History of Chubb Safes
1818: The Beginning
Brothers Charles and Jeremiah Chubb started out their working careers as ironmongers in Portsmouth.
In 1818 J Chubb invented and patented the famous Chubb `Detector Lock` as a result of a Government competition to create an un-pickable lock.
It was constructed so that if attempts were made to pick it open, the detector mechanism came into operation and rendered the lock inoperable.
The lock remained unpicked until the Great Exhibition of 1851.
The Chubb business moved from Portsmouth to Wolverhampton, the lock making capital of England. Here they opened the first of many factories.
1823: Royal Recognition
Chubb was awarded a special licence by George IV and went on to become the sole supplier of locks to the Post Office and to HM Prison Service.
1835: The First Chubb Safe
In the early years of the company the Chubb brothers concentrated on designing and manufacturing locks.
However, they also worked on the development of further security products, and in 1835 they produced and patented their first burglar resistant Chubb safe.
Chubb was becoming recognised for its engineering quality and the craftsmanship with which the products were made was unsurpassed.
The first safe works were opened in Cowcross Street, London. From this point the manufacture of safes assumed equal importance with that of locks.
1838: Fire-Proof Safes
Charles Chubb took out a patent for one of the first iron safes of the time designed to protect against fire.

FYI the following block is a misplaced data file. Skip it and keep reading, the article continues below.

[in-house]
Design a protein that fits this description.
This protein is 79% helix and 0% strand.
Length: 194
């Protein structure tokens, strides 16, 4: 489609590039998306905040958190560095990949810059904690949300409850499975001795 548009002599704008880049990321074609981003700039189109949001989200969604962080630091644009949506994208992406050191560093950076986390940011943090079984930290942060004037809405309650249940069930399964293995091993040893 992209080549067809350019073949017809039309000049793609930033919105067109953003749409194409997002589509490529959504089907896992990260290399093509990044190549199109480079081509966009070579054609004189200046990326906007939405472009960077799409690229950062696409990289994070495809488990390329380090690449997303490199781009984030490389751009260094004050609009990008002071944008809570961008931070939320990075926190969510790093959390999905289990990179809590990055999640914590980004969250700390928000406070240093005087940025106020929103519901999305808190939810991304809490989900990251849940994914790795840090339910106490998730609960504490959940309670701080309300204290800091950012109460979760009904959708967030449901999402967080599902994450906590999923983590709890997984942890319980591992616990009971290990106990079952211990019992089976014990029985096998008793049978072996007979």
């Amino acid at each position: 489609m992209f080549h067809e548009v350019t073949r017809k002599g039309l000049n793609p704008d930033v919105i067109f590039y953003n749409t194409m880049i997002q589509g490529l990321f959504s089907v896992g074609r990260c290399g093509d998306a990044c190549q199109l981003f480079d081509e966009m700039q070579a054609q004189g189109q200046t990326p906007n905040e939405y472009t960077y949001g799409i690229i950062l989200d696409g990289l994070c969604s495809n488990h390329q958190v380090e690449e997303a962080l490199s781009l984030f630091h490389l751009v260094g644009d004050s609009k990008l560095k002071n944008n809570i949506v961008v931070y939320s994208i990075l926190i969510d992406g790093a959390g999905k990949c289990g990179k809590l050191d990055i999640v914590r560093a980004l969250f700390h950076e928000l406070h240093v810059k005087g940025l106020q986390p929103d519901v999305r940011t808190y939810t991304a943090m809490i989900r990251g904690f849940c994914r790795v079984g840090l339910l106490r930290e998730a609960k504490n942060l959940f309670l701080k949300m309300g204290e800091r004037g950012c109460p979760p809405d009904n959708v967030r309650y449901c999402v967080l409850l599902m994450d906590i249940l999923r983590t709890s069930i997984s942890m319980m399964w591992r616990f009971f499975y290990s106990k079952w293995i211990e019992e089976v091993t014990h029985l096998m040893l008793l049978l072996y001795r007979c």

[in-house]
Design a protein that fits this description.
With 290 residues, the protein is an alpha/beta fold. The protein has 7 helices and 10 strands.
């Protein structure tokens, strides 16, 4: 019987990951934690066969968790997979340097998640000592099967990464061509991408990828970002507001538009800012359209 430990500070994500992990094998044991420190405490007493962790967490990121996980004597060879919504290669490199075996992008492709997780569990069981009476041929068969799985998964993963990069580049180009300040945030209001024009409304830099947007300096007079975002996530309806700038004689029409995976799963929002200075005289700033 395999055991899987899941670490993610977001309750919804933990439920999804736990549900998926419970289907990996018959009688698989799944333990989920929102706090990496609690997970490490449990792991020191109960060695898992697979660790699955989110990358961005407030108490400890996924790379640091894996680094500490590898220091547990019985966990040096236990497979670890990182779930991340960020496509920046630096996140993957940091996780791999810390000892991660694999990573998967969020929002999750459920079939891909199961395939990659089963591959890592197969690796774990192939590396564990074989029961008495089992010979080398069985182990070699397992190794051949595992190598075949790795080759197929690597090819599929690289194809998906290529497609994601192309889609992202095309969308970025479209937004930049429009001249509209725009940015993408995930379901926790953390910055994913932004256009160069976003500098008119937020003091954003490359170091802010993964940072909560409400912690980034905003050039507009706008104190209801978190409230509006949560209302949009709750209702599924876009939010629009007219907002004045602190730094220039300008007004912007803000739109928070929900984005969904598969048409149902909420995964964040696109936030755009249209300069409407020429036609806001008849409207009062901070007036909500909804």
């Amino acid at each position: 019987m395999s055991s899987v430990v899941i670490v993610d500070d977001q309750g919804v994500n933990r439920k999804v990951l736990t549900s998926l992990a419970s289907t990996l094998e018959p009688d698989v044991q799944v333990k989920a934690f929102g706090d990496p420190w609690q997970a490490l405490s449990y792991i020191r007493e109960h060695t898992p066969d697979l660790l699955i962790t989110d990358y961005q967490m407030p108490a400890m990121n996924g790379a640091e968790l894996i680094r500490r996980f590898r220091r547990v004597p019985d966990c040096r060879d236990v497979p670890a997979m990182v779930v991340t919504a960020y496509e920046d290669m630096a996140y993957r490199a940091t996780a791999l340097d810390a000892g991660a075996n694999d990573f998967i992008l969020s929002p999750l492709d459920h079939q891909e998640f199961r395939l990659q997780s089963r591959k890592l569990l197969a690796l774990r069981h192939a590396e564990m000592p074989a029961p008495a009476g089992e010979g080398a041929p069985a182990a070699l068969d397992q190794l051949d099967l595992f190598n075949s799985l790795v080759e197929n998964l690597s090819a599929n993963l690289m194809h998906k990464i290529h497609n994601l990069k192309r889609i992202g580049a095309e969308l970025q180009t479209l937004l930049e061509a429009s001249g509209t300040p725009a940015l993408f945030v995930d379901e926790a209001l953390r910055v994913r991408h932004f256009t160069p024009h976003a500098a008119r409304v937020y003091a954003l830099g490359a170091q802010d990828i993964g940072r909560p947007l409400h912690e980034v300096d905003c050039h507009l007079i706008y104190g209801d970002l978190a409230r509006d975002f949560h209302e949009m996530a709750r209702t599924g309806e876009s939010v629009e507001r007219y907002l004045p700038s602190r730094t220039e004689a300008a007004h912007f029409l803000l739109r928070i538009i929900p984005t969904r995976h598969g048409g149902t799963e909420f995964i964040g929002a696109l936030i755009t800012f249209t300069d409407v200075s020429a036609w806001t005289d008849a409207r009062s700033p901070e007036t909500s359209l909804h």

His invention based on the idea of creating iron plate linings with spaces in between which would be filled with fire retardant materials.
1841: Royal Clientele
Charles Chubb was appointed principle lock maker to the Prince Consort.
The Chubb Safes Group was growing in strength and gaining a reputation for designing and constructing the best physical security available.
Their customers included the Duke of Wellington and major financial institutions such as the Bank of England.
1846: Business Succession
Charles Chubb passed away at the age of 75. The Chubb business was carried on by his son and partner, John Chubb.
1851: The Great Exhibition
Chubb designed a special security display cage to house the Koh-i-Noor diamond for its appearance at the Great Exhibition of 1851.
The first ever Post Office letter box was installed and fitted with a Chubb lock.
1868: Factory Relocation
Cowcross Street, Chubbs London factory since 1837 which was used exclusively for manufacturing fire and burglary resistant safes and strong-room doors closed.
Production was moved to a new larger factory on Glengall Road off Old Kent Road.
1872: Business Succession
John passed away to be succeeded by his sons John Charles, George Hayter and Harry Withers Chubb as sole partners.
1882: Private Limited Company
The business was converted into a private limited company with the Chubb family being the majority on the board.
1889: A New Factory in Wolverhampton
In 1882 the lease on the Wolverhampton factory had expired and the lock works were moved to London.
They returned to Wolverhampton in 1889 upon the completion of a new factory which was capable of accommodating 350 locksmiths, and also a new safe making department.
1890s: Global Expansion
Chubb had begun expanding and promoting its products abroad as early as the 1870s when a subsidiary was set up in the United States.
Subsidiaries were also established in South Africa in 1894 and Australia in 1896.
1908: Factory Consolidation
Since 1837 Chubb had factories in London and Wolverhampton. In 1908 the London factory was closed and transferred to Wolverhampton for all production.
The relocation was carried out like a military operation to ensure the minimum loss of working time.
The men left London on Thursday and were given the rest of the week to find accommodation in Wolverhampton for themselves and their families.
On the Monday they were expected to commence production as normal!
1914: World War I
During the First World War Chubb turned nearly all of its works over to war production, high explosives and shrapnel shells were produced in huge quantities.